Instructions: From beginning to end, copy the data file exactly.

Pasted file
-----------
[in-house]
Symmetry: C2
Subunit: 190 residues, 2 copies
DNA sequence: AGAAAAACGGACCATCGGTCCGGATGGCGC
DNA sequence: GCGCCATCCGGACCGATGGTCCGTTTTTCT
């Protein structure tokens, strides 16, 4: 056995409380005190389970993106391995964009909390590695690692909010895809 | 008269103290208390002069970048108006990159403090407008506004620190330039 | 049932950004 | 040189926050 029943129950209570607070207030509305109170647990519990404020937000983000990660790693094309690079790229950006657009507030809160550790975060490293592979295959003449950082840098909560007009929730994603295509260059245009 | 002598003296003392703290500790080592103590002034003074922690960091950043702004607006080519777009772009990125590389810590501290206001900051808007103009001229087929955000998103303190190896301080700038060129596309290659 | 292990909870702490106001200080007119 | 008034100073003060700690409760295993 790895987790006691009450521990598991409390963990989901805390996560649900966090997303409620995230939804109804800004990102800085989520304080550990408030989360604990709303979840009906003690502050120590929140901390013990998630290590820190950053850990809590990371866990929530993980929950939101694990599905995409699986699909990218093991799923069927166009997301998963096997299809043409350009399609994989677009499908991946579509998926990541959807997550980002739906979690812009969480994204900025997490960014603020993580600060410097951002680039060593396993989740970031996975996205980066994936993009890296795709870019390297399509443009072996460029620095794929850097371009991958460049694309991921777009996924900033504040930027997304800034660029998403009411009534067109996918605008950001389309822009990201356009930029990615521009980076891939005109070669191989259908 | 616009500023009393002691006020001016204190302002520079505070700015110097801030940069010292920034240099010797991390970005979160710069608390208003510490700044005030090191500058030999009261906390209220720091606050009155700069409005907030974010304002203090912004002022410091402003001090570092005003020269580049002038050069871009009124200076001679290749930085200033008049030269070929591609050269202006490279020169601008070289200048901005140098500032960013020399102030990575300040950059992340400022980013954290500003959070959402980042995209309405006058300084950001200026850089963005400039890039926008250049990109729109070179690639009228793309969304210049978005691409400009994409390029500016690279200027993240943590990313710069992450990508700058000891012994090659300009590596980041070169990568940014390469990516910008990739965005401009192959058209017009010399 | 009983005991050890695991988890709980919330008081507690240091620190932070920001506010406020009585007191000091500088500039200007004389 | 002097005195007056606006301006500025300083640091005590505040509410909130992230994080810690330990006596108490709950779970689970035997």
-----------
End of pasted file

[in-house]
Symmetry: C2
Subunit: 190 residues, 2 copies
DNA sequence: AGAAAAACGGACCATCGGTCCGGATGGCGC
DNA sequence: GCGCCATCCGGACCGATGGTCCGTTTTTCT
């Protein structure tokens, strides 16, 4: 056995409380005190389970993106391995964009909390590695690692909010895809 | 008269103290208390002069970048108006990159403090407008506004620190330039 | 049932950004 | 040189926050 029943129950209570607070207030509305109170647990519990404020937000983000990660790693094309690079790229950006657009507030809160550790975060490293592979295959003449950082840098909560007009929730994603295509260059245009 | 002598003296003392703290500790080592103590002034003074922690960091950043702004607006080519777009772009990125590389810590501290206001900051808007103009001229087929955000998103303190190896301080700038060129596309290659 | 292990909870702490106001200080007119 | 008034100073003060700690409760295993 790895987790006691009450521990598991409390963990989901805390996560649900966090997303409620995230939804109804800004990102800085989520304080550990408030989360604990709303979840009906003690502050120590929140901390013990998630290590820190950053850990809590990371866990929530993980929950939101694990599905995409699986699909990218093991799923069927166009997301998963096997299809043409350009399609994989677009499908991946579509998926990541959807997550980002739906979690812009969480994204900025997490960014603020993580600060410097951002680039060593396993989740970031996975996205980066994936993009890296795709870019390297399509443009072996460029620095794929850097371009991958460049694309991921777009996924900033504040930027997304800034660029998403009411009534067109996918605008950001389309822009990201356009930029990615521009980076891939005109070669191989259908 | 616009500023009393002691006020001016204190302002520079505070700015110097801030940069010292920034240099010797991390970005979160710069608390208003510490700044005030090191500058030999009261906390209220720091606050009155700069409005907030974010304002203090912004002022410091402003001090570092005003020269580049002038050069871009009124200076001679290749930085200033008049030269070929591609050269202006490279020169601008070289200048901005140098500032960013020399102030990575300040950059992340400022980013954290500003959070959402980042995209309405006058300084950001200026850089963005400039890039926008250049990109729109070179690639009228793309969304210049978005691409400009994409390029500016690279200027993240943590990313710069992450990508700058000891012994090659300009590596980041070169990568940014390469990516910008990739965005401009192959058209017009010399 | 009983005991050890695991988890709980919330008081507690240091620190932070920001506010406020009585007191000091500088500039200007004389 | 002097005195007056606006301006500025300083640091005590505040509410909130992230994080810690330990006596108490709950779970689970035997």